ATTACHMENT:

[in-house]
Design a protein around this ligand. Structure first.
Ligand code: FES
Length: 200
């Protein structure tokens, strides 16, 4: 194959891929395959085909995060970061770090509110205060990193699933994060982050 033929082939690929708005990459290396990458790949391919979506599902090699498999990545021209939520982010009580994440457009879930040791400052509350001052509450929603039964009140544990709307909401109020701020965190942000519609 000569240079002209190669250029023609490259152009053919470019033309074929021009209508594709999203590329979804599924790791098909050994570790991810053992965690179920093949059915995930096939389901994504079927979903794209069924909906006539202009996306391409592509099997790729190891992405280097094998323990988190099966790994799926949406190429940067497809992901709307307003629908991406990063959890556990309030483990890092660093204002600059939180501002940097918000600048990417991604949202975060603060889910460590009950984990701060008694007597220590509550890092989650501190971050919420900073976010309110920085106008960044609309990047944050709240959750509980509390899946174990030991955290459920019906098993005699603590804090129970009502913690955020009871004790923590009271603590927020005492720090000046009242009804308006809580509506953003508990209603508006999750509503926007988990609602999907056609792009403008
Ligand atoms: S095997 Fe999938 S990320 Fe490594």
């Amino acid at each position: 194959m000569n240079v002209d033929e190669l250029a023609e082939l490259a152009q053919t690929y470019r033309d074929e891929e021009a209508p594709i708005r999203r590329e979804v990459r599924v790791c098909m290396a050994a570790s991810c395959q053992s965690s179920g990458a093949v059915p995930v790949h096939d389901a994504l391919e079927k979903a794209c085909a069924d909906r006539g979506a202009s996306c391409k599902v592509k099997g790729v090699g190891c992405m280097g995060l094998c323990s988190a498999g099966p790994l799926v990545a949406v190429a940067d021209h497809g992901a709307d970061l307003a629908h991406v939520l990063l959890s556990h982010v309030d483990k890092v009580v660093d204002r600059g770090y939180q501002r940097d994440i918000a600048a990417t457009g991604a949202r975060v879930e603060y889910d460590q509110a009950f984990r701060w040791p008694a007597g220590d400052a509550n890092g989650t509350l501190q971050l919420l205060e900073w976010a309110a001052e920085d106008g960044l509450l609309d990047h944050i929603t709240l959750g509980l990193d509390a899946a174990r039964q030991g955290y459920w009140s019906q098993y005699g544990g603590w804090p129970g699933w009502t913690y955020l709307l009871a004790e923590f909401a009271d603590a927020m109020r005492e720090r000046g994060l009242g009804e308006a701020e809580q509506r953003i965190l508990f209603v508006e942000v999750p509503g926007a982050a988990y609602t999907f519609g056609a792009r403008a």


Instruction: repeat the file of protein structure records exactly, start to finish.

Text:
[in-house]
Design a protein around this ligand. Structure first.
Ligand code: FES
Length: 200
């Protein structure tokens, strides 16, 4: 194959891929395959085909995060970061770090509110205060990193699933994060982050 033929082939690929708005990459290396990458790949391919979506599902090699498999990545021209939520982010009580994440457009879930040791400052509350001052509450929603039964009140544990709307909401109020701020965190942000519609 000569240079002209190669250029023609490259152009053919470019033309074929021009209508594709999203590329979804599924790791098909050994570790991810053992965690179920093949059915995930096939389901994504079927979903794209069924909906006539202009996306391409592509099997790729190891992405280097094998323990988190099966790994799926949406190429940067497809992901709307307003629908991406990063959890556990309030483990890092660093204002600059939180501002940097918000600048990417991604949202975060603060889910460590009950984990701060008694007597220590509550890092989650501190971050919420900073976010309110920085106008960044609309990047944050709240959750509980509390899946174990030991955290459920019906098993005699603590804090129970009502913690955020009871004790923590009271603590927020005492720090000046009242009804308006809580509506953003508990209603508006999750509503926007988990609602999907056609792009403008
Ligand atoms: S095997 Fe999938 S990320 Fe490594």
């Amino acid at each position: 194959m000569n240079v002209d033929e190669l250029a023609e082939l490259a152009q053919t690929y470019r033309d074929e891929e021009a209508p594709i708005r999203r590329e979804v990459r599924v790791c098909m290396a050994a570790s991810c395959q053992s965690s179920g990458a093949v059915p995930v790949h096939d389901a994504l391919e079927k979903a794209c085909a069924d909906r006539g979506a202009s996306c391409k599902v592509k099997g790729v090699g190891c992405m280097g995060l094998c323990s988190a498999g099966p790994l799926v990545a949406v190429a940067d021209h497809g992901a709307d970061l307003a629908h991406v939520l990063l959890s556990h982010v309030d483990k890092v009580v660093d204002r600059g770090y939180q501002r940097d994440i918000a600048a990417t457009g991604a949202r975060v879930e603060y889910d460590q509110a009950f984990r701060w040791p008694a007597g220590d400052a509550n890092g989650t509350l501190q971050l919420l205060e900073w976010a309110a001052e920085d106008g960044l509450l609309d990047h944050i929603t709240l959750g509980l990193d509390a899946a174990r039964q030991g955290y459920w009140s019906q098993y005699g544990g603590w804090p129970g699933w009502t913690y955020l709307l009871a004790e923590f909401a009271d603590a927020m109020r005492e720090r000046g994060l009242g009804e308006a701020e809580q509506r953003i965190l508990f209603v508006e942000v999750p509503g926007a982050a988990y609602t999907f519609g056609a792009r403008a």